NASA’s Dawn Probe Sent Some Stunning New Images of Ceres

Occator Crater at a distance of 920 miles (1,480 km). (Image: NASA/JPL-Caltech/UCLA/MPS/DLR/IDA)
Occator Crater at a distance of 920 miles (1,480 km). (Image: NASA/JPL-Caltech/UCLA/MPS/DLR/IDA)

Swooping by at a unique angle, NASA’s Dawn space probe recently captured some of the clearest views yet of dwarf planet Ceres, including Occator Crater and its intriguing bright surface features.

Dawn’s latest orbit, its fifth since arriving at Ceres in the spring of 2015, took it to within 920 miles (1,480 km) of the dwarf planet, and at an angle where the sun’s position was different than during previous orbits. The new images are offering fresh perspectives of this remarkable object and the strange geology responsible for its distinct surface features.

Occator Crater. (Image: NASA/JPL-Caltech/UCLA/MPS/DLR/IDA)
Occator Crater. (Image: NASA/JPL-Caltech/UCLA/MPS/DLR/IDA)
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One of the brightest areas on Ceres can be found within Occator Crater, a hole measuring 57 miles (92 km) wide and 2.5 miles (4 km) deep. Astronomers believe that the bright material at the center of this crater is made up of salts left behind after briny liquid seeped up from below, froze, and then sublimated, meaning it turned directly from solid ice into vapor. An asteroid impact likely triggered the upwelling of the salty liquid.

During the month of October, Dawn snapped thousands of images of Ceres at its 920-mile orbit, many of which can be seen in this new NASA gallery.

NASA’s Dawn took this image on Oct. 17 showing the limb of dwarf planet Ceres shows a section of the northern hemisphere. (Image: NASA/JPL-Caltech/UCLA/MPS/DLR/IDA)
NASA’s Dawn took this image on Oct. 17 showing the limb of dwarf planet Ceres shows a section of the northern hemisphere. (Image: NASA/JPL-Caltech/UCLA/MPS/DLR/IDA)
Stunning image of Zadeni Crater on Ceres. (Image: NASA/JPL-Caltech/UCLA/MPS/DLR/IDA)
Stunning image of Zadeni Crater on Ceres. (Image: NASA/JPL-Caltech/UCLA/MPS/DLR/IDA)
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The craters Takel and Cozobi are featured in this image. Takel is the young crater with bright material on the left of this image, and Cozobi is the sharply defined crater just below center.  (Image: NASA/JPL-Caltech/UCLA/MPS/DLR/IDA)
The craters Takel and Cozobi are featured in this image. Takel is the young crater with bright material on the left of this image, and Cozobi is the sharply defined crater just below center. (Image: NASA/JPL-Caltech/UCLA/MPS/DLR/IDA)
A series of linear features, which are depressions that are located within the large Yalode Crater. (Image: NASA/JPL-Caltech/UCLA/MPS/DLR/IDA)
A series of linear features, which are depressions that are located within the large Yalode Crater. (Image: NASA/JPL-Caltech/UCLA/MPS/DLR/IDA)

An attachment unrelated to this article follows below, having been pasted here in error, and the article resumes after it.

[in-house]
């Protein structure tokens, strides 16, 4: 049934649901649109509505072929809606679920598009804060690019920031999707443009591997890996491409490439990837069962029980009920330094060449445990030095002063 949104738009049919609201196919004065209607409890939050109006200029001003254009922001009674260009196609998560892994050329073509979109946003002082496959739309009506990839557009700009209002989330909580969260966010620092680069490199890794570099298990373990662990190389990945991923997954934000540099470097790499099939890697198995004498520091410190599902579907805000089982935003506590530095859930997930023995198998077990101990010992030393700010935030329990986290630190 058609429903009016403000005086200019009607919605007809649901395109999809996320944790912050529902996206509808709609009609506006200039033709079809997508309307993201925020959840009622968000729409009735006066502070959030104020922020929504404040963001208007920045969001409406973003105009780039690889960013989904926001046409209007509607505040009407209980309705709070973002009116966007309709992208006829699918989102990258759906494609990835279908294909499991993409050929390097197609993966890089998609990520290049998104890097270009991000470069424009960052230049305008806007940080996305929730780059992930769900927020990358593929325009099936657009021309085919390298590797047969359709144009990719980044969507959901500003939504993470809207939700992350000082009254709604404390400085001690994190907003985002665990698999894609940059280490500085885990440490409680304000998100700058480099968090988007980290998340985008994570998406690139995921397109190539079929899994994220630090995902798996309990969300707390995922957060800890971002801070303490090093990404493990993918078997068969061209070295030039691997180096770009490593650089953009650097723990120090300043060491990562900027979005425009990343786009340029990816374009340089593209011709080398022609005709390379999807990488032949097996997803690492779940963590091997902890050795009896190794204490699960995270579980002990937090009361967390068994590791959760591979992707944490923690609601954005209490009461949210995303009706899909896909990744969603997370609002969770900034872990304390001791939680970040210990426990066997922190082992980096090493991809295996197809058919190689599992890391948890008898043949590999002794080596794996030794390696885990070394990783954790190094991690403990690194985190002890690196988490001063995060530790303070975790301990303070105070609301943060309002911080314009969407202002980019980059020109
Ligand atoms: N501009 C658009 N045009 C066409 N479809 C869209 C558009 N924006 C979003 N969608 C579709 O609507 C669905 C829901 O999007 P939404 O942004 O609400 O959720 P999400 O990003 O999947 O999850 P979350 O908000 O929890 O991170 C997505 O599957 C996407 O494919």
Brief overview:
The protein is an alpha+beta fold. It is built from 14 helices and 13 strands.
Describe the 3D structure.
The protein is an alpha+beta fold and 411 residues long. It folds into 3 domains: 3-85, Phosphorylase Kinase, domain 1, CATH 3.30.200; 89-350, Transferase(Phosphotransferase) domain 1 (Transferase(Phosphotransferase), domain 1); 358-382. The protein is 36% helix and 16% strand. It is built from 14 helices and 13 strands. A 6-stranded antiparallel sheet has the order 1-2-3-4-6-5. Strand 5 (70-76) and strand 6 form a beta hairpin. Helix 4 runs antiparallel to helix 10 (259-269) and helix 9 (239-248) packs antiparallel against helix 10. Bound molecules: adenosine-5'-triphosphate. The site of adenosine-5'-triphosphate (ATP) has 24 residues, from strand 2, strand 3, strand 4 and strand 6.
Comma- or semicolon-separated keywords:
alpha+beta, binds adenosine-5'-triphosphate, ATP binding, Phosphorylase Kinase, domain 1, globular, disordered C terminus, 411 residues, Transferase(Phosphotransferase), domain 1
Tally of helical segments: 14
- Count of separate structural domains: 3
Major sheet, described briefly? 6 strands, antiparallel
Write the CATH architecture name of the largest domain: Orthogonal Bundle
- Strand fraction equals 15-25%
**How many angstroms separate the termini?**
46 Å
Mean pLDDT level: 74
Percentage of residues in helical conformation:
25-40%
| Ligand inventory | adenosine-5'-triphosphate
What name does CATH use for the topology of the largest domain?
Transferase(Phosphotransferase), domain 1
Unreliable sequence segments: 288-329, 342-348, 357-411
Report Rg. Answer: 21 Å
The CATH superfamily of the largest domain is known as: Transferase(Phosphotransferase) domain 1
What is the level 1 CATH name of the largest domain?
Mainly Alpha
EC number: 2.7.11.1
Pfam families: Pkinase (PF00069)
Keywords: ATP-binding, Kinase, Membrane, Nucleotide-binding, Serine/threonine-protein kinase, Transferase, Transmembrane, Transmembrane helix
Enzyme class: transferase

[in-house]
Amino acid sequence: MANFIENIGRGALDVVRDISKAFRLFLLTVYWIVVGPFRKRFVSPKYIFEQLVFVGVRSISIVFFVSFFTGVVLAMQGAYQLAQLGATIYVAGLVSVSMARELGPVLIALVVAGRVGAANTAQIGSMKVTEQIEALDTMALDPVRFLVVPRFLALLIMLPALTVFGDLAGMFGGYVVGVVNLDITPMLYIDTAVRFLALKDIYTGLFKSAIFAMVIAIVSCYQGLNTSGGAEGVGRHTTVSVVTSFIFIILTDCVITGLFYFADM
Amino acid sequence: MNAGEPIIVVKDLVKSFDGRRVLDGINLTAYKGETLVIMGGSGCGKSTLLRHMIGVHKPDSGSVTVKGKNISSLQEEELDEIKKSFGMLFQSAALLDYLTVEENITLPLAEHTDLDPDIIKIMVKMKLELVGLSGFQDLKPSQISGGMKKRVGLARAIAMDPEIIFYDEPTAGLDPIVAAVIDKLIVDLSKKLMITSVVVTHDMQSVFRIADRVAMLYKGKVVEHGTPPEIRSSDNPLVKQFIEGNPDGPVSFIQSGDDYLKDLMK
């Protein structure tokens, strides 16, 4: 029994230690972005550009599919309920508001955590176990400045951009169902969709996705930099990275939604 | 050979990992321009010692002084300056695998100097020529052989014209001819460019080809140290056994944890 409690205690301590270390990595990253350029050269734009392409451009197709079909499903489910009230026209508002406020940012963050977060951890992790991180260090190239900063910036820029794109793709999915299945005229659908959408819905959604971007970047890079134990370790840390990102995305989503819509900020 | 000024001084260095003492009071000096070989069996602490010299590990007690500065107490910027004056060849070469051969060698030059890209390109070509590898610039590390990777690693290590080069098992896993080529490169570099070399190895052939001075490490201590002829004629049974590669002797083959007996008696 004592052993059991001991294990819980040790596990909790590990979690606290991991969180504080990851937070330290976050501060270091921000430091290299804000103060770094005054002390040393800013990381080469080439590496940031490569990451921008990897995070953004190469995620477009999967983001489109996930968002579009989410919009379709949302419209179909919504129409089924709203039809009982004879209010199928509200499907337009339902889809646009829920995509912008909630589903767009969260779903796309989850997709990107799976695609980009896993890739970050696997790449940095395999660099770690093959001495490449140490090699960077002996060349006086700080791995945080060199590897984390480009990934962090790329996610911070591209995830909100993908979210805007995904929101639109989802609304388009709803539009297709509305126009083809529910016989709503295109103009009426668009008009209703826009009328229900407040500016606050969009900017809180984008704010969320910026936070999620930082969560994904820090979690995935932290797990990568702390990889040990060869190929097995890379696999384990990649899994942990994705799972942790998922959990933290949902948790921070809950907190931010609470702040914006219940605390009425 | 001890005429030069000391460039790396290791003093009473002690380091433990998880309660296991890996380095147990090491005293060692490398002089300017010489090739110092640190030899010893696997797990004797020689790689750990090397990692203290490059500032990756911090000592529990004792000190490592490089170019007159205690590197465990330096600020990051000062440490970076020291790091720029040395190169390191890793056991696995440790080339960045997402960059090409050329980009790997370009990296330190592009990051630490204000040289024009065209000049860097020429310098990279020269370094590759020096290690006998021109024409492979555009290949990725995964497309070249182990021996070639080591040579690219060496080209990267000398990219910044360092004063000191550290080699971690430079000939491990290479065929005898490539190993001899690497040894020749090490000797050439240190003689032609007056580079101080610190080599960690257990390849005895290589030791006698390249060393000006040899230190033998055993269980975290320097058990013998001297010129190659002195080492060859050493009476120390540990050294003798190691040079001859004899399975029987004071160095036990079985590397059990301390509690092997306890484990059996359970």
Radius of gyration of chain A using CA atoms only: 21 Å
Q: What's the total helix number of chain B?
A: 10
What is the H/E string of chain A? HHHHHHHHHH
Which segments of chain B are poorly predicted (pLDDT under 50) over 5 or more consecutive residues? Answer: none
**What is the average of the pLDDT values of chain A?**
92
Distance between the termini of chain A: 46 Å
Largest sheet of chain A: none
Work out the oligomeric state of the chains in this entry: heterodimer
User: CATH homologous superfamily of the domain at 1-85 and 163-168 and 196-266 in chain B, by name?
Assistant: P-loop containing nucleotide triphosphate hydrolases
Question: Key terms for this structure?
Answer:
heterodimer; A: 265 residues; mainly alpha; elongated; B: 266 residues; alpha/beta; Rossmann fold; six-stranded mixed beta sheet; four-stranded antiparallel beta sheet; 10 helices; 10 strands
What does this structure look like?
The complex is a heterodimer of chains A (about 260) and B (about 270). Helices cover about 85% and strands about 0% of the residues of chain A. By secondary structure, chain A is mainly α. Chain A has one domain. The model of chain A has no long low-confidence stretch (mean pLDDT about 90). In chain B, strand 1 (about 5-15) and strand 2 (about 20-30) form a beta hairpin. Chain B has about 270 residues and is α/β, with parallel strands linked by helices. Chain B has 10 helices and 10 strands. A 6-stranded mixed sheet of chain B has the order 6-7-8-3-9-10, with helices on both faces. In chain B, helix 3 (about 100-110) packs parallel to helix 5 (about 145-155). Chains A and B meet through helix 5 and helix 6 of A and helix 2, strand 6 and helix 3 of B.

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Kupalo Crater, which measures 16 miles (26 kilometers) across and is located at southern mid-latitudes. (Image: NASA/JPL-Caltech/UCLA/MPS/DLR/IDA)
Kupalo Crater, which measures 16 miles (26 kilometers) across and is located at southern mid-latitudes. (Image: NASA/JPL-Caltech/UCLA/MPS/DLR/IDA)

NASA scientists also released a colorized photo showing what the dwarf planet would actually look like to the human eye. With help from the German Aerospace Center in Berlin, the Dawn team took images from the probe’s initial orbit in 2015, and then calculated the way Ceres reflects different wavelengths of light. It’s not a true color image, but it’s pretty darned close.

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A colorized view of Ceres based on data collected by Dawn. (Image: NASA/JPL-Caltech/UCLA/MPS/DLR/IDA)
A colorized view of Ceres based on data collected by Dawn. (Image: NASA/JPL-Caltech/UCLA/MPS/DLR/IDA)

From here, Dawn will proceed into its sixth orbit of Ceres, attaining an altitude of over 4,500 miles (7,200 km). During this phase, the probe will refine previously collected measurements, particularly those of the surface.

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[NASA]

George is a senior staff reporter at Gizmodo.

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DISCUSSION

auntygravity
AuntyGravity

No and no. Those “craters” are demonstrably NOT “impact craters.” Just the fact that every single one of them is circular _should_ make you ask a question: how could it be that every single “impact” was at a 90 degree angle to the surface? The math on that is clear: it cannot be. There are no “glancing blows” or elongated craters. Those are electrical arc marks, as are the “rills”. It was not an impact that somehow (with no demonstrated mechanism) magically lifted below-surface salts. Electrical charge exchange, arcs, between bodies in space, bodies which are charged, electrically, relative to each other, to the surrounding space, and to the sun from which the electrons that make up the charge come, is what causes virtually all of the surface marking that science has heretofore called “impact craters”. The process of electrical arc marking has been repeatedly demonstrated in the lab. Even the little bumps in the middle of the craters are shown to develop with arc/plasma exchanges, as are the craters-within-craters, which the impact theory does not explain.